Airbus will be breathing several sighs of relief today, and, after decades, has reason for a proper celebration. Jinxed for years with winning Indian military hardware contests, only to see them aborted at the last moment, the company today was finally awarded its first major military contract in India. Airbus, Tata and the Indian government formally signed a $2.5 billion deal for 56 C-295 transport aircraft, 40 of which will be built in India by an Airbus-Tata partnership.
While the Indian government provided final clearance to the deal on September 8, past experience had kept Airbus officials well away from any celebrations until the deal was done and dusted. Today, they get to exhale — and exhale big. In many ways for Airbus, the wait would have been worth it. Not just is this a military contract, it’s a big one on value terms, is a milestone in terms of debut participation in such a project by India’s private sector — and probably most crucially, is the first major Make in India project. Airbus has seen deal after deal slip out of its hands for two decades in India, but today’s contract nearly makes it all worth it for the company in terms of what it has achieved for the company in terms of India’s transformed view of defence deals.
The first 16 aircraft will be delivered over the next four years, with the remaining to be delivered in batches thereafter till 2030. According to Airbus, all the IAF C295s will be handed over in transport configuration and equipped with an indigenous Electronic Warfare Suite.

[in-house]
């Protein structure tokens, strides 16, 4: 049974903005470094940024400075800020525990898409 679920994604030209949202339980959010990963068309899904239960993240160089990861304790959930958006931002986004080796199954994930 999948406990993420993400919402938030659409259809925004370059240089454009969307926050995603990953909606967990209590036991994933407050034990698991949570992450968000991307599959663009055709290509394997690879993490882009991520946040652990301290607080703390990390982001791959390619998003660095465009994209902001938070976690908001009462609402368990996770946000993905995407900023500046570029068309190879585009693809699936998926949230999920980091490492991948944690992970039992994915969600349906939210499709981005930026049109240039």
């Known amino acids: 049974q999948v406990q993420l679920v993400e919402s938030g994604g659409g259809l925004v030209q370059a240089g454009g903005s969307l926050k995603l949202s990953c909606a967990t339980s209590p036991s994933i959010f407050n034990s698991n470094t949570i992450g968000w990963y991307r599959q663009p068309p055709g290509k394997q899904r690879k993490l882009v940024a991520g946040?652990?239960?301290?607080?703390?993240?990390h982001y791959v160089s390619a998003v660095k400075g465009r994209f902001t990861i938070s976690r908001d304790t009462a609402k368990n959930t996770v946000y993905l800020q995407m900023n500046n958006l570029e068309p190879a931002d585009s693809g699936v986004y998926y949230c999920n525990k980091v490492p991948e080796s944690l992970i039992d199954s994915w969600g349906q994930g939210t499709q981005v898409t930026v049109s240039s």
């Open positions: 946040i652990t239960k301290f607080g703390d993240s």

“The clearance of the joint project between Airbus Defence and Tata advanced systems to build the C-295 is a great step forward in the opening up of aviation and avionics projects in India,” said Tata Group chairman Ratan Tata.
“This contract will support the further development of India’s aerospace ecosystem, bringing investment and 15,000 skilled direct jobs and 10,000 indirect positions over the coming 10 years,” said Michael Schoellhorn, CEO of Airbus Defence and Space. “The C295 has proven again as the segment leader, and with the addition of India as a new operator, the type will enlarge its footprint even more, not only on the operational aspects but on its own industrial and technological development”.
With a proven capability of operating from short or unprepared airstrips, the C295 is used for tactical transport of up to 71 troops or 50 paratroopers, and for logistic operations to locations that are not accessible to current heavier aircraft. It can airdrop paratroops and loads, and also be used for casualty or medical evacuation (medevac), as demonstrated during the COVID-19 crisis, using either basic litters or mobile intensive care units (ICU) with life support equipment. The aircraft can perform special missions as well as disaster response and maritime patrol duties.
The IAF becomes the 35th C295 operator worldwide, with the program reaching 278 aircraft, 200 of which are already in operation and have booked more than half a million flight-hours. With investments in a construction facility in India, the C295 is almost certain to replace the IAF’s An-32 transports in a progressive manner.
Certainly energised by the win, Airbus Defence will likely be galvanised for other contests/prospective contests it is currently participating in, including the Indian Navy’s naval utility helicopter (NUH) in which it has pitched the H135M and AS565 Panther, and multirole helicopter (NMRH) program, in which it has pitched the H225M Caracal. Other opportunities include the twice aborted IAF tanker contest, in which Airbus has fielded the A330 MRTT.